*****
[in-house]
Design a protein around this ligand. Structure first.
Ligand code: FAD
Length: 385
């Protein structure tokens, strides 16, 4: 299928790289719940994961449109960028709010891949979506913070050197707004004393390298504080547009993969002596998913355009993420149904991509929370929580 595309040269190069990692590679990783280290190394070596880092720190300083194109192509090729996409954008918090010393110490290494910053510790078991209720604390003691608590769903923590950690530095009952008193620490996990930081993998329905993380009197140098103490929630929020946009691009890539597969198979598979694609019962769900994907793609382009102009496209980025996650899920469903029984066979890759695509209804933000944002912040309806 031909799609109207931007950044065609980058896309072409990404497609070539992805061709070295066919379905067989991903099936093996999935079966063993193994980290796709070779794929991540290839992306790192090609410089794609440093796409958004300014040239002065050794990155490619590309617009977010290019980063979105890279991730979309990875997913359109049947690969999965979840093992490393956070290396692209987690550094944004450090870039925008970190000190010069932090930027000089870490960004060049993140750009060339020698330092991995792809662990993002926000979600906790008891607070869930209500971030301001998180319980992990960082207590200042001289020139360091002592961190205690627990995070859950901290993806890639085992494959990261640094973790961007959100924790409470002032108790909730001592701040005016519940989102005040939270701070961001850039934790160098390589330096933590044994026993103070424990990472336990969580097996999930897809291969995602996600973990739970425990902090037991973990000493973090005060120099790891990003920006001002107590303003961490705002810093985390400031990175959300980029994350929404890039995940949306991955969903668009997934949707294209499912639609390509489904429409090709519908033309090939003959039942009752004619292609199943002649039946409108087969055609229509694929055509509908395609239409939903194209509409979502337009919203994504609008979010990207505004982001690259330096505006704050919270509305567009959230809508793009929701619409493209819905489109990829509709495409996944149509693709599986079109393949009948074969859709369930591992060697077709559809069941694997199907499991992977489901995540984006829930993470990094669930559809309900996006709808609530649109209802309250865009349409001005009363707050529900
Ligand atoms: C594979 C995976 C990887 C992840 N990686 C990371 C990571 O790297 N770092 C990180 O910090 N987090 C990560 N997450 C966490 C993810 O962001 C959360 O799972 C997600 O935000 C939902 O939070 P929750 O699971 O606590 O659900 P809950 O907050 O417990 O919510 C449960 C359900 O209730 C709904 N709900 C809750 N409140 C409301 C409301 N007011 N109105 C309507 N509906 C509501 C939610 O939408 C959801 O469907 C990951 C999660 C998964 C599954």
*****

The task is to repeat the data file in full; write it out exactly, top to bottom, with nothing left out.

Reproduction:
[in-house]
Design a protein around this ligand. Structure first.
Ligand code: FAD
Length: 385
């Protein structure tokens, strides 16, 4: 299928790289719940994961449109960028709010891949979506913070050197707004004393390298504080547009993969002596998913355009993420149904991509929370929580 595309040269190069990692590679990783280290190394070596880092720190300083194109192509090729996409954008918090010393110490290494910053510790078991209720604390003691608590769903923590950690530095009952008193620490996990930081993998329905993380009197140098103490929630929020946009691009890539597969198979598979694609019962769900994907793609382009102009496209980025996650899920469903029984066979890759695509209804933000944002912040309806 031909799609109207931007950044065609980058896309072409990404497609070539992805061709070295066919379905067989991903099936093996999935079966063993193994980290796709070779794929991540290839992306790192090609410089794609440093796409958004300014040239002065050794990155490619590309617009977010290019980063979105890279991730979309990875997913359109049947690969999965979840093992490393956070290396692209987690550094944004450090870039925008970190000190010069932090930027000089870490960004060049993140750009060339020698330092991995792809662990993002926000979600906790008891607070869930209500971030301001998180319980992990960082207590200042001289020139360091002592961190205690627990995070859950901290993806890639085992494959990261640094973790961007959100924790409470002032108790909730001592701040005016519940989102005040939270701070961001850039934790160098390589330096933590044994026993103070424990990472336990969580097996999930897809291969995602996600973990739970425990902090037991973990000493973090005060120099790891990003920006001002107590303003961490705002810093985390400031990175959300980029994350929404890039995940949306991955969903668009997934949707294209499912639609390509489904429409090709519908033309090939003959039942009752004619292609199943002649039946409108087969055609229509694929055509509908395609239409939903194209509409979502337009919203994504609008979010990207505004982001690259330096505006704050919270509305567009959230809508793009929701619409493209819905489109990829509709495409996944149509693709599986079109393949009948074969859709369930591992060697077709559809069941694997199907499991992977489901995540984006829930993470990094669930559809309900996006709808609530649109209802309250865009349409001005009363707050529900
Ligand atoms: C594979 C995976 C990887 C992840 N990686 C990371 C990571 O790297 N770092 C990180 O910090 N987090 C990560 N997450 C966490 C993810 O962001 C959360 O799972 C997600 O935000 C939902 O939070 P929750 O699971 O606590 O659900 P809950 O907050 O417990 O919510 C449960 C359900 O209730 C709904 N709900 C809750 N409140 C409301 C409301 N007011 N109105 C309507 N509906 C509501 C939610 O939408 C959801 O469907 C990951 C999660 C998964 C599954």